"Layla's Wood" by Speak, BrotherReview
I trust that you have, by now heard the last Speak, Brother single "Even Though We Are Strangers" (reviewed in the magazine on 30th September). You might even have discovered it (and twenty other great tracks) on "Hot Music Live Presents Volume Two (available for free via https://hotmusiclivepresents.bandcamp.com/album/hot-music-live-presents-volume-two).
Today however marks the release of the third part of their ‘Chaos' trilogy, namely "Layla's Wood".
As the band themselves (James Herring, Matthew Cotterill, Nathan Morris, and Sam Oakes) put it far better than I could: "(it's the)...Winter Solstice where we begin to leave our darkest days behind us and slowly and steadily in the midst of the cold winter, new life is stirring. New seeds are germinating under the bed of dead leaves and past failure".
Wise words I'm sure you'd agree.
So what is the song like?
Well just as "Even Though We Are Strangers" didn't sound (to my ears at least) much like their previous oeuvre, "Layla's Wood" sounds like yet another departure up an exciting new pathway. I guess that's what walking through woods is like, following mysterious trails without knowing exactly where you are heading & hoping for surprises and adventures en route.
The classiness of the playing is less of a surprise & various Speak, Brother trademarks are present, albeit in evolved forms. The pulsating bass that appears in all sorts of contexts and forms, the subtle instrumental textures which drop in & out to add nuance without distracting nor overwhelming.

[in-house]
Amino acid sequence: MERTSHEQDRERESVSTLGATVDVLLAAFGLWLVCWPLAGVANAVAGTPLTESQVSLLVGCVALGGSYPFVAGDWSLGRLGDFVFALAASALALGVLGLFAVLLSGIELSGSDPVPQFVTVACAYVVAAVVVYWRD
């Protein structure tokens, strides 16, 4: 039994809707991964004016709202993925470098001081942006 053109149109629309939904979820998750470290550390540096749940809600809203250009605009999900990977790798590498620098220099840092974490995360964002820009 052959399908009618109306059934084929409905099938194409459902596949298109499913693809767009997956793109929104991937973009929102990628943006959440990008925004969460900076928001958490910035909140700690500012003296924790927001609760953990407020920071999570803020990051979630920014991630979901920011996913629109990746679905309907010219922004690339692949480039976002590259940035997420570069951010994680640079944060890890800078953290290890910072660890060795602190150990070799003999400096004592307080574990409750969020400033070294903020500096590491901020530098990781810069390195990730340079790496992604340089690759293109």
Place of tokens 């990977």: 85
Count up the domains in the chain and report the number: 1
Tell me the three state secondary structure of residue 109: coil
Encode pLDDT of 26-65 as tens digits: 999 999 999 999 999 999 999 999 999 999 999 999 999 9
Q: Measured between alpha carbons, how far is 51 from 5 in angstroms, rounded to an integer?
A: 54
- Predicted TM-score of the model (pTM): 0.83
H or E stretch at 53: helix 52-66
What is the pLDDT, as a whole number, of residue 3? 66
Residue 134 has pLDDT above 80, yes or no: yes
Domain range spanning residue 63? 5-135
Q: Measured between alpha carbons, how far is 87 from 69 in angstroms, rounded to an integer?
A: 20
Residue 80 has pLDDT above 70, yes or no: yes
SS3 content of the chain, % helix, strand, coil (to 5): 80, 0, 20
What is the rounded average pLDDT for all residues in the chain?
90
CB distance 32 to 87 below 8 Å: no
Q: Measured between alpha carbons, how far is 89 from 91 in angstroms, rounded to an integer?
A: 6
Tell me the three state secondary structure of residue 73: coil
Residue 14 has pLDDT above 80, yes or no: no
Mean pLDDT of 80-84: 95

While the previous single was something of a dance track, this one tends towards the pastoral. Rather like Izzie Derry's recent "In A Year", the season is evoked through clever & oblique playing, without the need for dubbing on sleigh bells nor children's choirs. In this instance we are talking little almost icy licks & arpeggios on various instruments which chime & tinkle briefly, like perhaps walking through frosty grass & leaves.
The theme of the song is definitely mindfulness & in some ways it reads like a guide to better mental health. Reflection, self reflection, communing with nature, enjoying peace, enjoying companionship, accepting the cycle of the seasons & embracing it are all gently offered up to us as beneficial possibilities. Specifics & metaphors dance round each other throughout...The band suggest that we can overcome negativities & create positives from bad experiences. If you visit local libraries you can find sections called "Books on Prescription" which include books (good ones too) on these issues: maybe the NHS should offer "Layla's Wood" on prescription similarly? It works.
This is an exquisite song & it touched me personally. In terms of what it is trying to achieve, it is actually really ambitious, yet it is done with such a light & tasteful touch that it does not come across as heavy nor polemic.